3. What are the benefits of being a globally connected educator – why would you encourage other teachers to become globally connected?
  4. Ideas/Tips for managing your “connectedness” – one cannot be available online 24/7, so how do you get around this and find the balance? Tips from other globally connected educators.

If you cannot be part of this chat due to timezone constraints, it would be great if you can share your answers either prior to or after the chat. Use the hashtag #globalclassroom, add A1 or A2 etc to whichever question you are answering.

If this is your first experience in a twitter chat, see How to participate in a twitter chat

Please note that these chats will be held on a quarterly basis over the next year. Looking forward to you joining us!

Skype in the Classroom – #ISTE2014 presentation

Last minute preparations

Last minute preparations

At the suggestion of Toni Oliveri-Barton, I submitted  a proposal to present on “Skype in the Classoom” for ISTE2014. It was accepted and special online friends and members of HLW Skypers and Global Classroom group offered to be part of the presentation. They were Toni Oliveri Barton,Theresa Allen, Louise Morgan and David Karsoncak. We asked Steve Sherman (Living Maths) from South Africa and Janet Barnstable, of USA, to be our special e-guests so that conference participants could experience the nature of skype and multi video participants Prior to the session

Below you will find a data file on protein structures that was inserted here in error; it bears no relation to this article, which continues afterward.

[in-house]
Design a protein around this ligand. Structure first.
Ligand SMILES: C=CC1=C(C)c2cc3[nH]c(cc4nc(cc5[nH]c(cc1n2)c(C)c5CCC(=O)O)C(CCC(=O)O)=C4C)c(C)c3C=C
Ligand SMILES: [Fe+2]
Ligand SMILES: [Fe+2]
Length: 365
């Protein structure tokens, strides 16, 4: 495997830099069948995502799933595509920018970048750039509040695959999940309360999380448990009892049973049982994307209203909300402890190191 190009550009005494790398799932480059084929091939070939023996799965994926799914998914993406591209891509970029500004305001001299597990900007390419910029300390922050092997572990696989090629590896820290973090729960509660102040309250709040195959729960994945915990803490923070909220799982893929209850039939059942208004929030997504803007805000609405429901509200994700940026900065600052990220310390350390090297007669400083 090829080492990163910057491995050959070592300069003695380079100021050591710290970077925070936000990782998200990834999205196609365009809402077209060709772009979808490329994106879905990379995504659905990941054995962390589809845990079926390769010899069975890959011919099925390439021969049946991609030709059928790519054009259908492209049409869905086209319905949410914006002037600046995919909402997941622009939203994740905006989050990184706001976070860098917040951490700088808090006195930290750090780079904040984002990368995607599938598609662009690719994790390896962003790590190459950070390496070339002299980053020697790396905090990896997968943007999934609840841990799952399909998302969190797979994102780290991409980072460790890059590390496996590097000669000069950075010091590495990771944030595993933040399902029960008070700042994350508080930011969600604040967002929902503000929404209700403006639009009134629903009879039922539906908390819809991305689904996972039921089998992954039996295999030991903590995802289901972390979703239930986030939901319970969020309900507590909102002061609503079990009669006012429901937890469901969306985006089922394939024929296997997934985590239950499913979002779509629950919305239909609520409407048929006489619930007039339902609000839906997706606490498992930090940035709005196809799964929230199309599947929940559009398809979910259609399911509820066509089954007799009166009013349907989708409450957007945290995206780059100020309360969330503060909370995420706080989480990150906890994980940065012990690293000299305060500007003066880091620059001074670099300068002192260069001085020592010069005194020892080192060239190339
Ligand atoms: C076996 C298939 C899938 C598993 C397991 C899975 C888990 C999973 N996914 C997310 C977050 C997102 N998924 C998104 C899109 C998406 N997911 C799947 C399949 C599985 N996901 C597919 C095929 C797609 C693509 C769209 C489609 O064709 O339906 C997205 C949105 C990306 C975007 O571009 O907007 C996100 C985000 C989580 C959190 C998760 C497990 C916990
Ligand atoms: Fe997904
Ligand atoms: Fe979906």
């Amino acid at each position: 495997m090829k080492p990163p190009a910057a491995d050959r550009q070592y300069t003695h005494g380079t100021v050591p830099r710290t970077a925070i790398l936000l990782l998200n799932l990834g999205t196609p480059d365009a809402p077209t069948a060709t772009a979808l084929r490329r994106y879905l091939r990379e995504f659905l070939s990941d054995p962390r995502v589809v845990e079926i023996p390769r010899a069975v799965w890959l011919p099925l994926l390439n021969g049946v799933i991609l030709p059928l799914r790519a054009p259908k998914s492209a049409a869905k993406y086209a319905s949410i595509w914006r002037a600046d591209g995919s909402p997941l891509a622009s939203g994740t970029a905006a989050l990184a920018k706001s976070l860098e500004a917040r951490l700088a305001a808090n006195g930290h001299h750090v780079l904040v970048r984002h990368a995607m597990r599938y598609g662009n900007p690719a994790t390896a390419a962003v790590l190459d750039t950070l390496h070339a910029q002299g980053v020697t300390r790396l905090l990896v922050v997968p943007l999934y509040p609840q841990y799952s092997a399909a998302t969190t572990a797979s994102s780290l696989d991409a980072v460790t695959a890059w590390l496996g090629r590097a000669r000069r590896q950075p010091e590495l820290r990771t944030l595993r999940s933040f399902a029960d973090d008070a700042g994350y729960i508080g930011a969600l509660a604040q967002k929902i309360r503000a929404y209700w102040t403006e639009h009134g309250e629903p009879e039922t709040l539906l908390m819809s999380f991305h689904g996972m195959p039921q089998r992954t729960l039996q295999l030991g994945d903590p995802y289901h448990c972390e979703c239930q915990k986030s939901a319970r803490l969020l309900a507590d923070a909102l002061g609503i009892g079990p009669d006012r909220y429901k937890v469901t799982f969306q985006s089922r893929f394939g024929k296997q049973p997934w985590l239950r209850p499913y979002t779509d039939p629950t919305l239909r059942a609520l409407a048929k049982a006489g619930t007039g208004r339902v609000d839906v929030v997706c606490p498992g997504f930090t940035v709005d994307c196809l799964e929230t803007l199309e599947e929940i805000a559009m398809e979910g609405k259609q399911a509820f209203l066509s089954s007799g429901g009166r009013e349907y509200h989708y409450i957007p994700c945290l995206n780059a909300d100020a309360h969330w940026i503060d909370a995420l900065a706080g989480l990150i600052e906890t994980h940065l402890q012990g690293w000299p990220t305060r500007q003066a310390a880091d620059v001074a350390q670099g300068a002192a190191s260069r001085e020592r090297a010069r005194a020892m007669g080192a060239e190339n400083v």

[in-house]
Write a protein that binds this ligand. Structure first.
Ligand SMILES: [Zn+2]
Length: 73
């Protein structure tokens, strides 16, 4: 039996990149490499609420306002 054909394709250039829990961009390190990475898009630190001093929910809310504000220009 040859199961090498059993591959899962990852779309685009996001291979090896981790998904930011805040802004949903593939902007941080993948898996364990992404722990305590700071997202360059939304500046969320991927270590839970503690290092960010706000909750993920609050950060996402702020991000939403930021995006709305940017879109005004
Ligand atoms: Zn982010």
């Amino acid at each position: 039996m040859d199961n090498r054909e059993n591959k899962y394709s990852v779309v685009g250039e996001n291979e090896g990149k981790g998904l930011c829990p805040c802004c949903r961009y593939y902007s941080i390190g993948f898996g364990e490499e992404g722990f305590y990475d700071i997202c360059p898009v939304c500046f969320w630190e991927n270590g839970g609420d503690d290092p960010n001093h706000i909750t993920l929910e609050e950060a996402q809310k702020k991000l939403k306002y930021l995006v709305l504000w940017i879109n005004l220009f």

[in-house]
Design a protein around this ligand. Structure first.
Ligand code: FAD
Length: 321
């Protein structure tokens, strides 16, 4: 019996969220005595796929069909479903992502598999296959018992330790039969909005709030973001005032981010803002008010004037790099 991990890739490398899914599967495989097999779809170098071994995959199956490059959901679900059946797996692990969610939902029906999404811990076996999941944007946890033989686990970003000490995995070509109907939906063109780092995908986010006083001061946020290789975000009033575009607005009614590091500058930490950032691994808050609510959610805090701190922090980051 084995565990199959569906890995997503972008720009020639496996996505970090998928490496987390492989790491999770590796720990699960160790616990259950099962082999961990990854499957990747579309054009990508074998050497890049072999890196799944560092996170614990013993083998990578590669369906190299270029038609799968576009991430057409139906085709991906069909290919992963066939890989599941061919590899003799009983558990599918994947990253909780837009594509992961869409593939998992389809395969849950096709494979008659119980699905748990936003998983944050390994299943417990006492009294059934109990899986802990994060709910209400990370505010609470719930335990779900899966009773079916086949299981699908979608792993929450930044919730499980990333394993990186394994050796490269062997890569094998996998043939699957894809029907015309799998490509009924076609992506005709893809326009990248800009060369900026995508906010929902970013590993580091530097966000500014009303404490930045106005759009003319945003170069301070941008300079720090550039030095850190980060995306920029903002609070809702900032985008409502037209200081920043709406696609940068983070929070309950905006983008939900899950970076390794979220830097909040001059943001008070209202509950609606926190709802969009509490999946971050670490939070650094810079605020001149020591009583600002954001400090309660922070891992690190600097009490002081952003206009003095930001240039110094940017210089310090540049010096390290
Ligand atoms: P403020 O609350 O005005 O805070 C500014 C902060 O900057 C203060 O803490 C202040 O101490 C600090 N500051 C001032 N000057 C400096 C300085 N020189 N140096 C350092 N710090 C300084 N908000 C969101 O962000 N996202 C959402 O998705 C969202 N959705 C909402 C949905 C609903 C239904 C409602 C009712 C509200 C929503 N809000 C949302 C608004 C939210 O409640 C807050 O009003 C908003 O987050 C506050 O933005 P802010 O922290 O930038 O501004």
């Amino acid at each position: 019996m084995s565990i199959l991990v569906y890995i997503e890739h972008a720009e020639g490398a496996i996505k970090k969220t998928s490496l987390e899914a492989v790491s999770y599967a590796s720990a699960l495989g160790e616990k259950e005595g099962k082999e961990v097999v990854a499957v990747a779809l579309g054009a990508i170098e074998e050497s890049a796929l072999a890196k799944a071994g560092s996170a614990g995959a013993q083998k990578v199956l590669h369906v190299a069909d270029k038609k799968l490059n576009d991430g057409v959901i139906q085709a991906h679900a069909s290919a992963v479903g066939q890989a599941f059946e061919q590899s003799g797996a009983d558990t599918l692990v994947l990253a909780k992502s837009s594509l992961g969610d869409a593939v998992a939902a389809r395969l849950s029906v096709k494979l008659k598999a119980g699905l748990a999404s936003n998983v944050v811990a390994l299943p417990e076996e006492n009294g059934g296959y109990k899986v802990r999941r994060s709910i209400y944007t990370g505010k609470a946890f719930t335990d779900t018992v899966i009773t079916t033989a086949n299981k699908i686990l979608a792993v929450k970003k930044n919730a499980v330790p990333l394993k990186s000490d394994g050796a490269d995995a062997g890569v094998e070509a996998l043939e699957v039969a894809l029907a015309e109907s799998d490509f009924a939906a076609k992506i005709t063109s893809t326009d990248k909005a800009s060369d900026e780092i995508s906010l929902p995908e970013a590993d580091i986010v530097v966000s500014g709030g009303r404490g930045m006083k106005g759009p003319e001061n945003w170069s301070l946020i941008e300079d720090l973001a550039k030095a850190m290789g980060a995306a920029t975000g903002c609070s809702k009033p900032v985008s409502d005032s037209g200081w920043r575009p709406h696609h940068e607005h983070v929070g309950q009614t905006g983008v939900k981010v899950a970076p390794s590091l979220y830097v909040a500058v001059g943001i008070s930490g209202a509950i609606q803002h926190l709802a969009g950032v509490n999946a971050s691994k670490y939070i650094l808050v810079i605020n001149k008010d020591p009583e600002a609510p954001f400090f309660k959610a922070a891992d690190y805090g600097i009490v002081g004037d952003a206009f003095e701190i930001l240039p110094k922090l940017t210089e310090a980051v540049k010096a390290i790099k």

• A skype group was formed initially for the face-to-face participants so that we could collaborate and chat 24/7. The chat remains and will be there for up to 12 months or more. Living on the other side of the world still meant that I could read the discussions in my waking hours. (See 7 tips for successful skype groups)
  • several skype videoconference calls were made to finalize the presentation
  • google presentation Skype in the Classroom was used for our collaborative session – add slides, comments, images